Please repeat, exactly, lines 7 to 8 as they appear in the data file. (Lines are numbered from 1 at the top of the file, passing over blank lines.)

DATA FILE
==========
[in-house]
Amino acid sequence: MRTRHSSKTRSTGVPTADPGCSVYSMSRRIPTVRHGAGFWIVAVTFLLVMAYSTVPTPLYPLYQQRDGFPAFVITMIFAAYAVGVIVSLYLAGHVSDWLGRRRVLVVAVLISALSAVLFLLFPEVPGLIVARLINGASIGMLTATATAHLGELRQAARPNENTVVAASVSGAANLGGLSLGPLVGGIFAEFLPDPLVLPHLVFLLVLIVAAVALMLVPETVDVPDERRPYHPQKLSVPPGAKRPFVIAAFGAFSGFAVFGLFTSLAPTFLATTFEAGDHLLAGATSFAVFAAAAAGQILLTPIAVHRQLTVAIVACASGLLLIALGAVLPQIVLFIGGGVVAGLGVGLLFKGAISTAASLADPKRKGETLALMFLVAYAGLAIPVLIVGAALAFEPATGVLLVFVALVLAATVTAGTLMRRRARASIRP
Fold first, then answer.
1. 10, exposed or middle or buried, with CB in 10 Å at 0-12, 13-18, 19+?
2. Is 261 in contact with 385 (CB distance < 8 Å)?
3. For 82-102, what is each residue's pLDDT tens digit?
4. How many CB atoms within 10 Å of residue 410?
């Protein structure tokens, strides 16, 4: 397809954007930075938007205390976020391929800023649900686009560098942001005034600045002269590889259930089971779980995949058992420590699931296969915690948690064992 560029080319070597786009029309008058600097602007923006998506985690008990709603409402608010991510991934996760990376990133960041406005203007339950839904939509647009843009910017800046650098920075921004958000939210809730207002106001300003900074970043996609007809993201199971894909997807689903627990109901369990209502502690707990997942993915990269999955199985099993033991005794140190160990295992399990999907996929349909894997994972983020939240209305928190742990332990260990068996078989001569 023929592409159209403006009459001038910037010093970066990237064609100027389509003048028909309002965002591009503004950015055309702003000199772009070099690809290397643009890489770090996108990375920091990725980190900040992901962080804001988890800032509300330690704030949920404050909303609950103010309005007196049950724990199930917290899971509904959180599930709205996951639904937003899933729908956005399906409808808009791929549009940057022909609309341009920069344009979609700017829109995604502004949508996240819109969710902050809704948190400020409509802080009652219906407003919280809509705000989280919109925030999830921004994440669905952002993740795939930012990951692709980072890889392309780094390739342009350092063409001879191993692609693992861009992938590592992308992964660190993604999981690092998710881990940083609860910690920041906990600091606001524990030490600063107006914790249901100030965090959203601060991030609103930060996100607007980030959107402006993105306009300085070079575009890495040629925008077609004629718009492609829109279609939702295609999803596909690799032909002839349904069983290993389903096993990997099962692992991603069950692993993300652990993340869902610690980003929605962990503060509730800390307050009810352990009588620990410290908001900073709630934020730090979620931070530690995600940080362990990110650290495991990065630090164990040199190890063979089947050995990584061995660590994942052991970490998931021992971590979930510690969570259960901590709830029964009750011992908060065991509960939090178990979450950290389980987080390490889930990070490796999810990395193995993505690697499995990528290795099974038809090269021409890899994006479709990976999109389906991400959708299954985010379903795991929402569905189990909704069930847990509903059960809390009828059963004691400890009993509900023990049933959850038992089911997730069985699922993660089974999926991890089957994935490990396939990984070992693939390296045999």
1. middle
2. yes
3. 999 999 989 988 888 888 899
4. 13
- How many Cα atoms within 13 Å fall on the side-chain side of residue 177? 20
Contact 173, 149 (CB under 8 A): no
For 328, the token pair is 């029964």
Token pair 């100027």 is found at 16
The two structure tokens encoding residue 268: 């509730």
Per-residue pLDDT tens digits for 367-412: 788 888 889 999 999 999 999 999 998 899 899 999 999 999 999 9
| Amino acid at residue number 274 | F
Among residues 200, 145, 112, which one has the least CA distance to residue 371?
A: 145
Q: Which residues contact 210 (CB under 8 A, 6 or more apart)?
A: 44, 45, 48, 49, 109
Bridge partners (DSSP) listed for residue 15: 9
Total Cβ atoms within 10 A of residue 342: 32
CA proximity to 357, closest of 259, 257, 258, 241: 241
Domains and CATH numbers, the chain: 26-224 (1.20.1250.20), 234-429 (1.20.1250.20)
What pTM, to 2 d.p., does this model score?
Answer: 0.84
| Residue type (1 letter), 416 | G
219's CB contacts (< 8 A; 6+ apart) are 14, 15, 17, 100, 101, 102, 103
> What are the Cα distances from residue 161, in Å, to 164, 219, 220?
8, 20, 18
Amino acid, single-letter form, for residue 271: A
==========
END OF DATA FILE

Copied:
4. How many CB atoms within 10 Å of residue 410?
């Protein structure tokens, strides 16, 4: 397809954007930075938007205390976020391929800023649900686009560098942001005034600045002269590889259930089971779980995949058992420590699931296969915690948690064992 560029080319070597786009029309008058600097602007923006998506985690008990709603409402608010991510991934996760990376990133960041406005203007339950839904939509647009843009910017800046650098920075921004958000939210809730207002106001300003900074970043996609007809993201199971894909997807689903627990109901369990209502502690707990997942993915990269999955199985099993033991005794140190160990295992399990999907996929349909894997994972983020939240209305928190742990332990260990068996078989001569 023929592409159209403006009459001038910037010093970066990237064609100027389509003048028909309002965002591009503004950015055309702003000199772009070099690809290397643009890489770090996108990375920091990725980190900040992901962080804001988890800032509300330690704030949920404050909303609950103010309005007196049950724990199930917290899971509904959180599930709205996951639904937003899933729908956005399906409808808009791929549009940057022909609309341009920069344009979609700017829109995604502004949508996240819109969710902050809704948190400020409509802080009652219906407003919280809509705000989280919109925030999830921004994440669905952002993740795939930012990951692709980072890889392309780094390739342009350092063409001879191993692609693992861009992938590592992308992964660190993604999981690092998710881990940083609860910690920041906990600091606001524990030490600063107006914790249901100030965090959203601060991030609103930060996100607007980030959107402006993105306009300085070079575009890495040629925008077609004629718009492609829109279609939702295609999803596909690799032909002839349904069983290993389903096993990997099962692992991603069950692993993300652990993340869902610690980003929605962990503060509730800390307050009810352990009588620990410290908001900073709630934020730090979620931070530690995600940080362990990110650290495991990065630090164990040199190890063979089947050995990584061995660590994942052991970490998931021992971590979930510690969570259960901590709830029964009750011992908060065991509960939090178990979450950290389980987080390490889930990070490796999810990395193995993505690697499995990528290795099974038809090269021409890899994006479709990976999109389906991400959708299954985010379903795991929402569905189990909704069930847990509903059960809390009828059963004691400890009993509900023990049933959850038992089911997730069985699922993660089974999926991890089957994935490990396939990984070992693939390296045999």